Health Policy and High-Tech Industrial Development
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Health Policy and High-Tech Industrial Development

Learning from Innovation in the Health Industry

Edited by Marco R. Di Tommaso and Stuart O. Schweitzer

By weaving together the fields of health economics, industrial organisation and industrial development, this book describes the benefits of promoting a country’s health industry as a way of stimulating its high-technology industrial capacity. The authors illustrate that the development of a country’s health industry not only improves the country’s health status, but also promotes an industry with relatively stable, high-wage employment, creates the potential for exporting goods and services, and produces scientific spillovers that will favourably impact other high-technology industries.
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Chapter 3: Control, Competition and Co-operation in European Health Systems: Points of Contact Between Health Policy and Industrial Policy

Giovanna Vicarelli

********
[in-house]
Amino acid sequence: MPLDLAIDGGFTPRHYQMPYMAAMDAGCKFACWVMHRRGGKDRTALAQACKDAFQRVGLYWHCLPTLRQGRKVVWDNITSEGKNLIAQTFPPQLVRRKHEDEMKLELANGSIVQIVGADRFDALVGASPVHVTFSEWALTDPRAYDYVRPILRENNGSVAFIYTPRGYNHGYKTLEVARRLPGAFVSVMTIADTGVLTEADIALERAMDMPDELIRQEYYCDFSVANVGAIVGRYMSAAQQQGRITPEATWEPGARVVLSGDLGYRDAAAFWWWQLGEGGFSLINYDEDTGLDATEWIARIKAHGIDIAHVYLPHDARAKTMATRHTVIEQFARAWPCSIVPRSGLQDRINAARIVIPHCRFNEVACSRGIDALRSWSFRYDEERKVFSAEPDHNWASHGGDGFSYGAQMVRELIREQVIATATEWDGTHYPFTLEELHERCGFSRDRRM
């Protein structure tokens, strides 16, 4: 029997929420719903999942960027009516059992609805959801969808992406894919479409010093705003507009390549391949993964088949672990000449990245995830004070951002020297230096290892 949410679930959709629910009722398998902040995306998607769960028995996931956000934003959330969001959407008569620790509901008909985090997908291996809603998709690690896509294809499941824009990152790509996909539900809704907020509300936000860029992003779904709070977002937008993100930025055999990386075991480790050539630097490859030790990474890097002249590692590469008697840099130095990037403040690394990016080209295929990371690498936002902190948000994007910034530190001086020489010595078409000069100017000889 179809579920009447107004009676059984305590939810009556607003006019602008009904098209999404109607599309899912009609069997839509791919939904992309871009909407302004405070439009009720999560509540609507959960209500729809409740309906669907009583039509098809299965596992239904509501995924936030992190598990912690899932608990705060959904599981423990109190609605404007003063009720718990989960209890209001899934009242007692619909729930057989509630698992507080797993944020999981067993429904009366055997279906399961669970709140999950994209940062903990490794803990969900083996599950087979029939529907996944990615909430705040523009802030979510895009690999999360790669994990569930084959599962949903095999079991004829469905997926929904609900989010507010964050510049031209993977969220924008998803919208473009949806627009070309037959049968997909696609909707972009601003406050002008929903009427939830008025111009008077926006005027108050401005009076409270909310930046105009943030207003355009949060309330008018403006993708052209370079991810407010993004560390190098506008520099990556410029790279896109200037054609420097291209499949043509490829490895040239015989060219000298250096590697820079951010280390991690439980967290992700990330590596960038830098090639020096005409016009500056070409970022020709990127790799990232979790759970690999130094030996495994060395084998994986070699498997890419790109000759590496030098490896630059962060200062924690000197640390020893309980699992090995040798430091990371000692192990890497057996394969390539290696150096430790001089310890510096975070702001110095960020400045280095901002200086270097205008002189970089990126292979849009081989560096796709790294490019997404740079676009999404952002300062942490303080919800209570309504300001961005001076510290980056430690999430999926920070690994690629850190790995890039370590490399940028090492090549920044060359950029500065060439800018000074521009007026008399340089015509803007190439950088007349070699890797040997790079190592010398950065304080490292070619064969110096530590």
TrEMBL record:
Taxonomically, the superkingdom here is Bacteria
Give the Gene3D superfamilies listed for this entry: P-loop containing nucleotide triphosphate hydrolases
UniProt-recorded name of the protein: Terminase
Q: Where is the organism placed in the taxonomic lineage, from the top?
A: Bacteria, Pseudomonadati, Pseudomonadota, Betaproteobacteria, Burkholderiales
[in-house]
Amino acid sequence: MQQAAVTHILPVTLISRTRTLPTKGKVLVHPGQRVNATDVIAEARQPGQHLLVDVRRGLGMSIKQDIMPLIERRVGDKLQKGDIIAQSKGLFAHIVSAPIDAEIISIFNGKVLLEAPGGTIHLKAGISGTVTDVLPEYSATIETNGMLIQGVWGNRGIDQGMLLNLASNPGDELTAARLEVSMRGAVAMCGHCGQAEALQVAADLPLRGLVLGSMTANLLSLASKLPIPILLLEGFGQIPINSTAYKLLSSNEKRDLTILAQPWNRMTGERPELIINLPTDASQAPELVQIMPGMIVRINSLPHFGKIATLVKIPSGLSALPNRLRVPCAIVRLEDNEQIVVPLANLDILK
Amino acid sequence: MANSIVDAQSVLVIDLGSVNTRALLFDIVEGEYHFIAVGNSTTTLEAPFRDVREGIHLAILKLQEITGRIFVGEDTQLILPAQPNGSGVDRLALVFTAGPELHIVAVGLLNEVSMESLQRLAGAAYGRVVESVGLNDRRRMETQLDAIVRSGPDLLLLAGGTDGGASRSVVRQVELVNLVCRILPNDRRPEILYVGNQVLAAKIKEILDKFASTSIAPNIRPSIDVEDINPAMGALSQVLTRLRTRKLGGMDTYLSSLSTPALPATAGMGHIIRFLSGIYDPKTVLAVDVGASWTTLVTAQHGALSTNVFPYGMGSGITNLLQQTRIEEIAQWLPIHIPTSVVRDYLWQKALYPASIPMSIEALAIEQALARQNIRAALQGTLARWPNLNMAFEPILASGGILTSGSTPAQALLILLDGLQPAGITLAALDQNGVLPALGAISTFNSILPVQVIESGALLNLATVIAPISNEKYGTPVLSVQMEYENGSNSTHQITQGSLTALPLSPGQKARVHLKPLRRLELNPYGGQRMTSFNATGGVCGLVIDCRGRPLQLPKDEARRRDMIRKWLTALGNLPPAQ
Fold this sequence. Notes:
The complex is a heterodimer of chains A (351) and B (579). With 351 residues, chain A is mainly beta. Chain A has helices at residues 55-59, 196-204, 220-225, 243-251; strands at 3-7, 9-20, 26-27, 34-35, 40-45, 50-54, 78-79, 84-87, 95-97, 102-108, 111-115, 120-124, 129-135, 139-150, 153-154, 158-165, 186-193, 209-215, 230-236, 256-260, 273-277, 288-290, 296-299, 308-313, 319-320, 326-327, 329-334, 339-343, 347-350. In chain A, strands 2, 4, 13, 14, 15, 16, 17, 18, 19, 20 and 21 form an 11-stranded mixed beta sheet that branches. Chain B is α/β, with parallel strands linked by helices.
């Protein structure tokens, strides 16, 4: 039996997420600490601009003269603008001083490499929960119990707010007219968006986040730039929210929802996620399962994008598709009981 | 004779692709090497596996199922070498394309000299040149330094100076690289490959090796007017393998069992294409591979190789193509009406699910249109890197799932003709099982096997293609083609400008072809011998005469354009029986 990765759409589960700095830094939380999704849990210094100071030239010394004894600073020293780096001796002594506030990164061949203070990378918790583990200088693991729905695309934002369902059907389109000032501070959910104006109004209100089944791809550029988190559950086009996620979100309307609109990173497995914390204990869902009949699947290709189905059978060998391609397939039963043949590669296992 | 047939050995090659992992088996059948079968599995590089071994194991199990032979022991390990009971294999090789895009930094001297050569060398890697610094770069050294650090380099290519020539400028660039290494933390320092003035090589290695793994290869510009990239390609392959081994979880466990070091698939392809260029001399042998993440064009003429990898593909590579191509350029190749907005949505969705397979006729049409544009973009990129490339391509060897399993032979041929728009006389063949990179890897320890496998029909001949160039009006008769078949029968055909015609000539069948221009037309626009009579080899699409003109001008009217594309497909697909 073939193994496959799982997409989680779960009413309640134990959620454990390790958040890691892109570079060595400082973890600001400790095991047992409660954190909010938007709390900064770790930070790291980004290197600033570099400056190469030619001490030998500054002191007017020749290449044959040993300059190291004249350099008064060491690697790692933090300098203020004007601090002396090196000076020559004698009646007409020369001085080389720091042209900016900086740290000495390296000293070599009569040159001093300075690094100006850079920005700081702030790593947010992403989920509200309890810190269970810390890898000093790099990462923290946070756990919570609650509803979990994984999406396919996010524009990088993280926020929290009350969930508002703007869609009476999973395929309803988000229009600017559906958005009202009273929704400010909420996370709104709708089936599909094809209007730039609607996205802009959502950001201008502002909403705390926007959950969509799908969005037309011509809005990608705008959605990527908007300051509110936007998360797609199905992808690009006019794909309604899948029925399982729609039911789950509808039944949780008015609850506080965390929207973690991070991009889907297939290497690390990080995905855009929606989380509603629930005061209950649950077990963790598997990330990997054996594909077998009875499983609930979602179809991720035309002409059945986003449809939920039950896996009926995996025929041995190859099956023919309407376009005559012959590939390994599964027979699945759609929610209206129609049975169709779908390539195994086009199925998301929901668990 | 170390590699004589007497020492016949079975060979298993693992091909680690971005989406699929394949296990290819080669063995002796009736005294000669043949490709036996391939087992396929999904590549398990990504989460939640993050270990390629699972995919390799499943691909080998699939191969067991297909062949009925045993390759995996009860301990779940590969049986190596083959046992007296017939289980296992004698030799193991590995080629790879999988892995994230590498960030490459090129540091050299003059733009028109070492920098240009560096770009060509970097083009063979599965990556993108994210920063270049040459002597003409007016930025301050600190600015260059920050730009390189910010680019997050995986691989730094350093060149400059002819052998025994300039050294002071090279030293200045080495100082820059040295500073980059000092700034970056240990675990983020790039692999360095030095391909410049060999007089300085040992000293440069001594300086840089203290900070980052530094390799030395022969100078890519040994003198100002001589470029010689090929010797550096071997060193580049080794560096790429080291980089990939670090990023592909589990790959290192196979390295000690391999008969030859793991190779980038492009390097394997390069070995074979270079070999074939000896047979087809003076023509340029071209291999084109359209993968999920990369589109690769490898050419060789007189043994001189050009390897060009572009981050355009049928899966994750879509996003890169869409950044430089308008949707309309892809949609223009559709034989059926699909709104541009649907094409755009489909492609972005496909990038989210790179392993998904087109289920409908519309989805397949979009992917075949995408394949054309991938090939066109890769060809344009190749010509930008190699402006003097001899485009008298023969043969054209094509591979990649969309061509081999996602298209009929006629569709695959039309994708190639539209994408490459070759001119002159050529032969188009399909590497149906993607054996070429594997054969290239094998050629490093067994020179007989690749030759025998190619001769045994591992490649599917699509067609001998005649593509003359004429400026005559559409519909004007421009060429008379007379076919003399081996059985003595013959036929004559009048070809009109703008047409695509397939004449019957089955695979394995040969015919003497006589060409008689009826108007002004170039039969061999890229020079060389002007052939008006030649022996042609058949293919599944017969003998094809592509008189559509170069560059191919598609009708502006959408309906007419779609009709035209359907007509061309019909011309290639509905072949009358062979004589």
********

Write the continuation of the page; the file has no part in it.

Giovanna Vicarelli 1 FOREWORD The health policies that have been adopted in Europe in the last 20 years have been labelled ‘restrictive’ in order to distinguish them from ‘expansive’ policies which characterized the previous decades. The increase in health expenditures in Europe in the 1970s, together with the growing concern about the economic sustainability of an expanding sector, drove all European countries to develop specific strategies aimed at reducing and containing both the provision of and the demand for health services. Given the wide variety of choices, it is difficult to evaluate properly these restrictive policies. As a matter of fact, while a few countries have limited the provision of services, some have increased taxation and some others have decentralized the responsibility for health expenditure. However, in spite of national differences depending on the history of each country’s health system, many authors agree on the identification of a certain degree of convergence on policy implementation. In analysing these forms of convergence three main policies can be identified which correspond to three different approaches for the regularization and social organization of the health sector. The first policy, which is analysed in the third section, consists of a top-down intervention in which the government and public bodies cut down and limit health expenditure, acting at a macroeconomic level. In the second (explained in the fourth section), equilibrium factors are sought at a microeconomic level. In particular an attempt is made to introduce forms of ‘managed competition’...

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